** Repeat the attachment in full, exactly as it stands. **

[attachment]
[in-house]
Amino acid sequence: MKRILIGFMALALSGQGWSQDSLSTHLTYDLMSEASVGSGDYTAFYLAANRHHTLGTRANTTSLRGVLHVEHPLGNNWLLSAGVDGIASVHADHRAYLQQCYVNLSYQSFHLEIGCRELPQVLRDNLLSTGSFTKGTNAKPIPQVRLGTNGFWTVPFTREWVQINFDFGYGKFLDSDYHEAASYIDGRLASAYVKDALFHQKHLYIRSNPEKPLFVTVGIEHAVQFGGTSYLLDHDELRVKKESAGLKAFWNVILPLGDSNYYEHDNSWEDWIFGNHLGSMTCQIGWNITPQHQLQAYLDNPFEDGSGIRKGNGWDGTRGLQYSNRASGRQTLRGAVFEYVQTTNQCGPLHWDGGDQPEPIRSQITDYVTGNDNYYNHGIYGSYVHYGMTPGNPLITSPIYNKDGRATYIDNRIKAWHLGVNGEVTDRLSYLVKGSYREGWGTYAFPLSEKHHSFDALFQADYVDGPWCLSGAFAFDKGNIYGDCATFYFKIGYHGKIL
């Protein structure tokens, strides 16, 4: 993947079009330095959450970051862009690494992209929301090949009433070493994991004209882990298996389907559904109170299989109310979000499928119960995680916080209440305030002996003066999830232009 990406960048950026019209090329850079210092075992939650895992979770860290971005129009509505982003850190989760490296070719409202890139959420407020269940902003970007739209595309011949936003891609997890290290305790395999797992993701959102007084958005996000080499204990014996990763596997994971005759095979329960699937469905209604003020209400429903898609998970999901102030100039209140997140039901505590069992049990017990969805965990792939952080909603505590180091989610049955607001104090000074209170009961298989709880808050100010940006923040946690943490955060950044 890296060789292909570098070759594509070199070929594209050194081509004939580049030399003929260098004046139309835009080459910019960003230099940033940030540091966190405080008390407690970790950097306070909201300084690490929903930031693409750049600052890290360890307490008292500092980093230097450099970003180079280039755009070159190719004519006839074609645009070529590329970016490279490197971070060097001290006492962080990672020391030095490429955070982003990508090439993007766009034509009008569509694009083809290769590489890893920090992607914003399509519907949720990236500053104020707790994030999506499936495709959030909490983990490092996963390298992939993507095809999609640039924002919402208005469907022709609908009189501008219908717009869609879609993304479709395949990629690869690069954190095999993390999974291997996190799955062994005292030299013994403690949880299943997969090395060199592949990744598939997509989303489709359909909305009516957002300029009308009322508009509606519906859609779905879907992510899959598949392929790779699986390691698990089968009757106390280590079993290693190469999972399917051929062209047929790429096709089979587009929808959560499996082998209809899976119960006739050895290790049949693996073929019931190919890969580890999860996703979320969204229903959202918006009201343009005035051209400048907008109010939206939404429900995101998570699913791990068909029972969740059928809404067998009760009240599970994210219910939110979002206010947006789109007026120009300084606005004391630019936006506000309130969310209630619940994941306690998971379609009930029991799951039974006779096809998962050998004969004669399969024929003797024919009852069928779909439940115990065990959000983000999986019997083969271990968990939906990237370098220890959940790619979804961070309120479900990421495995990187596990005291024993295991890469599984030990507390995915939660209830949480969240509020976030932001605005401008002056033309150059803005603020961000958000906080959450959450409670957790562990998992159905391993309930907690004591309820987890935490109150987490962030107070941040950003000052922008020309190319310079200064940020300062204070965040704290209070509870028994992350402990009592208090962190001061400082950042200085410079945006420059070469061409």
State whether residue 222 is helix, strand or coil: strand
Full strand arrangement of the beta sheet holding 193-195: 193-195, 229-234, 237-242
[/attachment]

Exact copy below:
[in-house]
Amino acid sequence: MKRILIGFMALALSGQGWSQDSLSTHLTYDLMSEASVGSGDYTAFYLAANRHHTLGTRANTTSLRGVLHVEHPLGNNWLLSAGVDGIASVHADHRAYLQQCYVNLSYQSFHLEIGCRELPQVLRDNLLSTGSFTKGTNAKPIPQVRLGTNGFWTVPFTREWVQINFDFGYGKFLDSDYHEAASYIDGRLASAYVKDALFHQKHLYIRSNPEKPLFVTVGIEHAVQFGGTSYLLDHDELRVKKESAGLKAFWNVILPLGDSNYYEHDNSWEDWIFGNHLGSMTCQIGWNITPQHQLQAYLDNPFEDGSGIRKGNGWDGTRGLQYSNRASGRQTLRGAVFEYVQTTNQCGPLHWDGGDQPEPIRSQITDYVTGNDNYYNHGIYGSYVHYGMTPGNPLITSPIYNKDGRATYIDNRIKAWHLGVNGEVTDRLSYLVKGSYREGWGTYAFPLSEKHHSFDALFQADYVDGPWCLSGAFAFDKGNIYGDCATFYFKIGYHGKIL
């Protein structure tokens, strides 16, 4: 993947079009330095959450970051862009690494992209929301090949009433070493994991004209882990298996389907559904109170299989109310979000499928119960995680916080209440305030002996003066999830232009 990406960048950026019209090329850079210092075992939650895992979770860290971005129009509505982003850190989760490296070719409202890139959420407020269940902003970007739209595309011949936003891609997890290290305790395999797992993701959102007084958005996000080499204990014996990763596997994971005759095979329960699937469905209604003020209400429903898609998970999901102030100039209140997140039901505590069992049990017990969805965990792939952080909603505590180091989610049955607001104090000074209170009961298989709880808050100010940006923040946690943490955060950044 890296060789292909570098070759594509070199070929594209050194081509004939580049030399003929260098004046139309835009080459910019960003230099940033940030540091966190405080008390407690970790950097306070909201300084690490929903930031693409750049600052890290360890307490008292500092980093230097450099970003180079280039755009070159190719004519006839074609645009070529590329970016490279490197971070060097001290006492962080990672020391030095490429955070982003990508090439993007766009034509009008569509694009083809290769590489890893920090992607914003399509519907949720990236500053104020707790994030999506499936495709959030909490983990490092996963390298992939993507095809999609640039924002919402208005469907022709609908009189501008219908717009869609879609993304479709395949990629690869690069954190095999993390999974291997996190799955062994005292030299013994403690949880299943997969090395060199592949990744598939997509989303489709359909909305009516957002300029009308009322508009509606519906859609779905879907992510899959598949392929790779699986390691698990089968009757106390280590079993290693190469999972399917051929062209047929790429096709089979587009929808959560499996082998209809899976119960006739050895290790049949693996073929019931190919890969580890999860996703979320969204229903959202918006009201343009005035051209400048907008109010939206939404429900995101998570699913791990068909029972969740059928809404067998009760009240599970994210219910939110979002206010947006789109007026120009300084606005004391630019936006506000309130969310209630619940994941306690998971379609009930029991799951039974006779096809998962050998004969004669399969024929003797024919009852069928779909439940115990065990959000983000999986019997083969271990968990939906990237370098220890959940790619979804961070309120479900990421495995990187596990005291024993295991890469599984030990507390995915939660209830949480969240509020976030932001605005401008002056033309150059803005603020961000958000906080959450959450409670957790562990998992159905391993309930907690004591309820987890935490109150987490962030107070941040950003000052922008020309190319310079200064940020300062204070965040704290209070509870028994992350402990009592208090962190001061400082950042200085410079945006420059070469061409």
State whether residue 222 is helix, strand or coil: strand
Full strand arrangement of the beta sheet holding 193-195: 193-195, 229-234, 237-242